ESPN 53rd Annual Meeting

ESPN 2021


 
Cerebrovascular Complications of Renovascular Disease in Children - Knowns and Unknowns
CHAVINI RANASINGHE 1 NADEESHA MUDALIGE 2 JELENA STOJANOVIC 3

1- DEPARTMENT OF UNDERGRADUATE MEDICINE, UNIVERSITY COLLEGE LONDON, 74 HUNTLEY ST, LONDON WC1E 6DE
2- UNIVERSITY COLLEGE LONDON GREAT ORMOND STREET INSTITUTE OF CHILD HEALTH, NIHR GREAT ORMOND STREET HOSPITAL BIOMEDICAL RESEARCH CENTRE, LONDON, UNITED KINGDOM
3- DEPARTMENT OF PEDIATRIC NEPHROLOGY, GREAT ORMOND STREET HOSPITAL FOR CHILDREN NHS FOUNDATION TRUST, GREAT ORMOND STREET, LONDON, UNITED KINGDOM
 
Introduction:

Renovascular disease is an important cause of hypertension in childhood. Cerebrovascular complications are known to be associated with renovascular hypertension. However, the presenting features and phenotypic characteristics of this cohort with coexisting disease is undefined, therefore a literature review was conducted in order to further identify this group.

Material and methods:

A systematic review of cerebrovascular complications associated with renovascular hypertension in the global paediatric (<18 years) population. The MEDLINE, Embase and Google Scholar databases were searched, from database inception to 26th January 2021. Primary articles were not restricted by study design and geographical location but were limited to those published in English.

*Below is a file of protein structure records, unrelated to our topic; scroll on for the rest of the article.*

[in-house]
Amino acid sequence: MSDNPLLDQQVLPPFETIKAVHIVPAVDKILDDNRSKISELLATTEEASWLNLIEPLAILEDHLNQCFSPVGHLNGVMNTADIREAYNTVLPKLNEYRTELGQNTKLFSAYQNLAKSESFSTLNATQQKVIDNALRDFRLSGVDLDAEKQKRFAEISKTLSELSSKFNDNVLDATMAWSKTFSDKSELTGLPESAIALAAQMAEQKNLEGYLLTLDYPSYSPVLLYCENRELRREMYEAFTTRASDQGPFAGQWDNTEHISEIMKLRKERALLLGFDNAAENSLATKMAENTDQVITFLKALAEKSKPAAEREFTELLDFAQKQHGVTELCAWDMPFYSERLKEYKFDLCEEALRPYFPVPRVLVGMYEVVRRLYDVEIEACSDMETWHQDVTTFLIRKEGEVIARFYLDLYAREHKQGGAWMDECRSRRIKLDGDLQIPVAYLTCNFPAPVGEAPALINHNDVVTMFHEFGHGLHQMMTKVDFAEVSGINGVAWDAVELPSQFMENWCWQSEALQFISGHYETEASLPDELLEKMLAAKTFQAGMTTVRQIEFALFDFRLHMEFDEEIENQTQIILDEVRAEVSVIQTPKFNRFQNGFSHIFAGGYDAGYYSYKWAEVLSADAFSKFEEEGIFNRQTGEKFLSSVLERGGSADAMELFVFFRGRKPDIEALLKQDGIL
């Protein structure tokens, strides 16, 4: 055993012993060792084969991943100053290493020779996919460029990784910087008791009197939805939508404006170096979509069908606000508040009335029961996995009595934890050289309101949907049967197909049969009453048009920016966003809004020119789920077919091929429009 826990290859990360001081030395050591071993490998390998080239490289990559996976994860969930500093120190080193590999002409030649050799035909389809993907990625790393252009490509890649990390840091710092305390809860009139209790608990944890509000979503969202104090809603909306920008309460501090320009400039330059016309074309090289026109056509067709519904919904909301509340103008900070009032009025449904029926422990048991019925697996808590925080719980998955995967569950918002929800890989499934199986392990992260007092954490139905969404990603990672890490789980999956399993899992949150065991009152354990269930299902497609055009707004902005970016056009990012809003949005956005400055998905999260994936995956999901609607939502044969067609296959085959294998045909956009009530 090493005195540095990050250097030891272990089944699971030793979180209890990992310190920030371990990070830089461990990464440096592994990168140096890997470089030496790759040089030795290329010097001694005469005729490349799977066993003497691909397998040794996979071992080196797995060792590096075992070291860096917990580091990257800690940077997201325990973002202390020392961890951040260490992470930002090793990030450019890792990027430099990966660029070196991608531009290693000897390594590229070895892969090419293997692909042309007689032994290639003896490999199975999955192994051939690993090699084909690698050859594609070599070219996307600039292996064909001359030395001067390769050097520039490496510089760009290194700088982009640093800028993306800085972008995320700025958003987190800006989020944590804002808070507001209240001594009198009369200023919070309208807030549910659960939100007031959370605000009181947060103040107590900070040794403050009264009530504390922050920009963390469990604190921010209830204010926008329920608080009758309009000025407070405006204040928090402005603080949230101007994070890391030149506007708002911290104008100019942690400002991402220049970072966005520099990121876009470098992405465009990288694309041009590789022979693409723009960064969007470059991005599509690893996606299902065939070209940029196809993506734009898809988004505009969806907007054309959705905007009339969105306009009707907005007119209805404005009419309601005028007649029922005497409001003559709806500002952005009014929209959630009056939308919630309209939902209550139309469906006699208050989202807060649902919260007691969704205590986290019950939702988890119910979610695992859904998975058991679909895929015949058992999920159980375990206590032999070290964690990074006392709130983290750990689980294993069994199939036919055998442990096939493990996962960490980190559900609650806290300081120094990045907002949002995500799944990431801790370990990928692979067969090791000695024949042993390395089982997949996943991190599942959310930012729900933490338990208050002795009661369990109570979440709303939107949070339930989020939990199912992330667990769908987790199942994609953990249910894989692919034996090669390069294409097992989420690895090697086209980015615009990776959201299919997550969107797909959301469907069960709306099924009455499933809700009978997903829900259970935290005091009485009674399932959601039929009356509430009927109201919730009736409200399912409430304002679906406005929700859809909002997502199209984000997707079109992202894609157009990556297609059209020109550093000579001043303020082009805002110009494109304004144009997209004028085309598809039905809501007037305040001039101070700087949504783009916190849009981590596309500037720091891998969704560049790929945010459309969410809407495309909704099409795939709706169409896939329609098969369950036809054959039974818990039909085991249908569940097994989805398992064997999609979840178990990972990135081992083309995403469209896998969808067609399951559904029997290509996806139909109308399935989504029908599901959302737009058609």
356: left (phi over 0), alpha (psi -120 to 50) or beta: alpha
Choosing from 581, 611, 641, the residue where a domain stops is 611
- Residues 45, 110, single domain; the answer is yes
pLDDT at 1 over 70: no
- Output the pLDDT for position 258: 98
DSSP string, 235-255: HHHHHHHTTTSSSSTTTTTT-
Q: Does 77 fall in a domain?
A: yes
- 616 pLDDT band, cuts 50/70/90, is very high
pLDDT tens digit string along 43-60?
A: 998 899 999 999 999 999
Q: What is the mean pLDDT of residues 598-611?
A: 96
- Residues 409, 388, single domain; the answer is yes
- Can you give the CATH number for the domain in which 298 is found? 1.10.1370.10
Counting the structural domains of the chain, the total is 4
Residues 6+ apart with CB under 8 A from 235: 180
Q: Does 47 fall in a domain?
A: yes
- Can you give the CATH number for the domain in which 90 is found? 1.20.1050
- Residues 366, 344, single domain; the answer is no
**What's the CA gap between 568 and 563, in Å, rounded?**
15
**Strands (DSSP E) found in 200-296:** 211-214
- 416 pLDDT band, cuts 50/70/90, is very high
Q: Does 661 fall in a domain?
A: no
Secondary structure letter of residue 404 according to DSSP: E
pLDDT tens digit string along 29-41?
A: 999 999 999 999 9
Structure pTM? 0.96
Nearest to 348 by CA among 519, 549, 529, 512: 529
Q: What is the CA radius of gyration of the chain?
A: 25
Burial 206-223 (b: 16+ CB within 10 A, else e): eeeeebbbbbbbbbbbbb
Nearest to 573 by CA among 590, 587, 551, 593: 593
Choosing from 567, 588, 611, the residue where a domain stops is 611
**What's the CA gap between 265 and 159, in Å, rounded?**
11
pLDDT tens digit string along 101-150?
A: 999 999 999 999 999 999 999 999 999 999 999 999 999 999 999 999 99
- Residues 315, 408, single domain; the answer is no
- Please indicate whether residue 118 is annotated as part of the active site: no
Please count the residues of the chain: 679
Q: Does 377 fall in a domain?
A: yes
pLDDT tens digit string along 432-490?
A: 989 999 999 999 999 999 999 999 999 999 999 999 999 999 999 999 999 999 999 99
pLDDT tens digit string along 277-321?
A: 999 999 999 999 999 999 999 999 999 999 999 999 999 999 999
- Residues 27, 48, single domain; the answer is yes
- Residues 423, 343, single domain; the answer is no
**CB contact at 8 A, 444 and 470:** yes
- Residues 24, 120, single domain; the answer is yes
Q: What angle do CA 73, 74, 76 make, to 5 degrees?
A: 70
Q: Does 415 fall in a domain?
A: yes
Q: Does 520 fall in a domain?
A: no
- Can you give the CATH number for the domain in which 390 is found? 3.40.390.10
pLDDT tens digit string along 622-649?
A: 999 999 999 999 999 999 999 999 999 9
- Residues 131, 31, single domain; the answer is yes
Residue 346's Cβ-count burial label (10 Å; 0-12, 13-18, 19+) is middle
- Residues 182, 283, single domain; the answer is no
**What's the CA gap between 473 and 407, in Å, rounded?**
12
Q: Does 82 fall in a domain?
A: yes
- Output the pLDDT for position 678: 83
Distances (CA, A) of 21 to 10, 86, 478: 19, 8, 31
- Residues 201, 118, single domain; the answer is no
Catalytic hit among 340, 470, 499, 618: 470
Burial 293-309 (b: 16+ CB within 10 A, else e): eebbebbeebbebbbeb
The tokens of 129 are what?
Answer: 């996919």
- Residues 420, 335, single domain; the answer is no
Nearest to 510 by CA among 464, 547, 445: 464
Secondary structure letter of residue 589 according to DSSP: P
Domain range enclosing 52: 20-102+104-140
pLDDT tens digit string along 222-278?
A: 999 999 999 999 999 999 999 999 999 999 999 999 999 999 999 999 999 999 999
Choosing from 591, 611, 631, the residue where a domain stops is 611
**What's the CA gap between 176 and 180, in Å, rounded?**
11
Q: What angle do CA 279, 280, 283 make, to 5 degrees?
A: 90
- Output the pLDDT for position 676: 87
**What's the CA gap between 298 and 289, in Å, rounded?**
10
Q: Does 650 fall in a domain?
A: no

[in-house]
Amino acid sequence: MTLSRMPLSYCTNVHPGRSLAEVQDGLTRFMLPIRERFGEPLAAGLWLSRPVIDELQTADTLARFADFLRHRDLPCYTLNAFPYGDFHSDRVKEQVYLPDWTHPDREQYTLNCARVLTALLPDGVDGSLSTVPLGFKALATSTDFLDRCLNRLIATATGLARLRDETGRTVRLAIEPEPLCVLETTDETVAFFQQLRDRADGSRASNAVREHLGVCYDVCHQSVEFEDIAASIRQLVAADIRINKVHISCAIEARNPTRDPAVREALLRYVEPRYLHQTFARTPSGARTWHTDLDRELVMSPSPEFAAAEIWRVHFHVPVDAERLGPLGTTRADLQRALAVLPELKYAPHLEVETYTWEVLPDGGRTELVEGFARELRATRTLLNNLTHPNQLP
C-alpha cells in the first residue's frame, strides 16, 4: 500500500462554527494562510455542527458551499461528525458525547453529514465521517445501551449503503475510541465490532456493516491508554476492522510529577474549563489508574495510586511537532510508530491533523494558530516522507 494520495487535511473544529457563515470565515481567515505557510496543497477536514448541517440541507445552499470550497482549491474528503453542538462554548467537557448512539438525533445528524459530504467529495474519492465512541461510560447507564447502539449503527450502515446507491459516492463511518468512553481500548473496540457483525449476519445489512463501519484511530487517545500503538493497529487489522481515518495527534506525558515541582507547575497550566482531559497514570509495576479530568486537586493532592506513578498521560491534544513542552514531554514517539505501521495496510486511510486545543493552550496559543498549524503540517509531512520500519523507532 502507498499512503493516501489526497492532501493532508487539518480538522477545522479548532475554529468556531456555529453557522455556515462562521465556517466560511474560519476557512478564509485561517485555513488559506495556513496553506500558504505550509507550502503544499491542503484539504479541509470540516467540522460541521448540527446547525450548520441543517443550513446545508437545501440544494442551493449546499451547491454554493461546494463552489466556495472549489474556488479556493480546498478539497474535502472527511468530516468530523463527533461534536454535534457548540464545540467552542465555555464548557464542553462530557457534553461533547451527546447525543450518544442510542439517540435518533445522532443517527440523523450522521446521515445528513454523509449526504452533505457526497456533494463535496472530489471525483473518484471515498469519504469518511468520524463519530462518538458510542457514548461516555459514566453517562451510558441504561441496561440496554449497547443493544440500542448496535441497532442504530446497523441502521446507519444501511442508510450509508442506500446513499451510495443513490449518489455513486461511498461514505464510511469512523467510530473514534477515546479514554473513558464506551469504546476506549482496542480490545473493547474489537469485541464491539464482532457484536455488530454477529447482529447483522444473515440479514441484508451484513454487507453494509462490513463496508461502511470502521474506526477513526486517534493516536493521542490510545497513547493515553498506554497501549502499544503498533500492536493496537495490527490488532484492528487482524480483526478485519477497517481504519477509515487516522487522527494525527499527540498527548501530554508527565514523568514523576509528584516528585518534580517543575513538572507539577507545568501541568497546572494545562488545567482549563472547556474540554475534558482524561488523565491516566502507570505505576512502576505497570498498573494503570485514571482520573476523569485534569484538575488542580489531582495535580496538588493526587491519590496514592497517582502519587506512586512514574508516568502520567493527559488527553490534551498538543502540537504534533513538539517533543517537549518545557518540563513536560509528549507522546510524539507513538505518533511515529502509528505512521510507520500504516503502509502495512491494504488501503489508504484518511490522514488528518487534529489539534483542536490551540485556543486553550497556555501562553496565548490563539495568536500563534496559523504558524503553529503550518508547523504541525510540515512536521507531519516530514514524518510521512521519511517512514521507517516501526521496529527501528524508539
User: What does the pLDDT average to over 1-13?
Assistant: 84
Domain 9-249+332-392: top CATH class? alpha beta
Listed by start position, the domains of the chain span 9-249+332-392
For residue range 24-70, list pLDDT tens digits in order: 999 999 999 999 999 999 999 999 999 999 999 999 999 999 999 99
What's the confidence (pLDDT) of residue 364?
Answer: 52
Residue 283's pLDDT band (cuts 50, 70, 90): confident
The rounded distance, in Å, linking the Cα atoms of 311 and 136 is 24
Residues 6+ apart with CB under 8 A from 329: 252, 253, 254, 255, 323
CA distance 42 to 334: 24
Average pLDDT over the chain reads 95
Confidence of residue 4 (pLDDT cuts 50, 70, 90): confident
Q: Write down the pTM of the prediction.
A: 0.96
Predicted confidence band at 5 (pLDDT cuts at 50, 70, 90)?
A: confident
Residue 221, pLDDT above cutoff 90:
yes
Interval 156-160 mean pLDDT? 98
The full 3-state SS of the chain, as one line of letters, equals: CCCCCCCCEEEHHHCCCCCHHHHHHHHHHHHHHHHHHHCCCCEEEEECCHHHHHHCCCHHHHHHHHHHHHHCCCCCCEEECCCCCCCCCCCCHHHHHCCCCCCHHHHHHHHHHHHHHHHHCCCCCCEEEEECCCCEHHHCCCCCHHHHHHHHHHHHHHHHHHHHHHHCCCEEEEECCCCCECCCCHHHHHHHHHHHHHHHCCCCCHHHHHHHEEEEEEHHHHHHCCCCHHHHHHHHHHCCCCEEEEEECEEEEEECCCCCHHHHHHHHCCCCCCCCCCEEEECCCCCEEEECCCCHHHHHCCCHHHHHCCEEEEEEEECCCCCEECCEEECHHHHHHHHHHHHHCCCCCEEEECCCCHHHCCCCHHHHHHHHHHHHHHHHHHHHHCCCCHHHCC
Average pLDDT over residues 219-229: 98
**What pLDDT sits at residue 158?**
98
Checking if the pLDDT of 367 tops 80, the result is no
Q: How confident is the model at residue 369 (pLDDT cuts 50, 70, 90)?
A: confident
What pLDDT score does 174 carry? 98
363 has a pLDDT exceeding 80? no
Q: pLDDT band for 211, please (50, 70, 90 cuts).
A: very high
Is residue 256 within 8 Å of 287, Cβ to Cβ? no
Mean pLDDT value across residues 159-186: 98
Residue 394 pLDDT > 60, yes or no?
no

Results:

303 individuals (median age: 7.6 years [range 10 days – 17.9 years], M:F – 174:129) from 37 studies were included, across 13 countries. Case reports published cases of 30 children with coexisting renovascular hypertension and cerebrovascular disease. Most children had bilateral renal artery stenosis (43%), stenosis secondary to fibromuscular dysplasia (53%) and coexisting occlusive cerebrovascular disease (50%). The majority (82%) presented with neurological symptoms and cerebral complications ranged from asymptomatic cerebrovascular stenosis in one child, to acute stroke in 51% and posterior reversible encephalopathy syndrome in 10%. The location or underlying etiology of the renovascular disease did not predict the location or extent of the cerebrovascular disease or the long-term prognosis of these children. The evidence from the 7 cohort studies included in the review were limited, estimating the prevalence of coexisting disease ranging from 16 - 79%, though none specifically established a cohort of children with coexisting disease. Furthermore, the conclusions drawn were subjected to considerable bias from the treating clinicians.

Conclusions:

A prospective cohort of children with renovascular hypertension and cerebrovascular complications should be established in order to better understand the long-term prognosis and impact of interventions.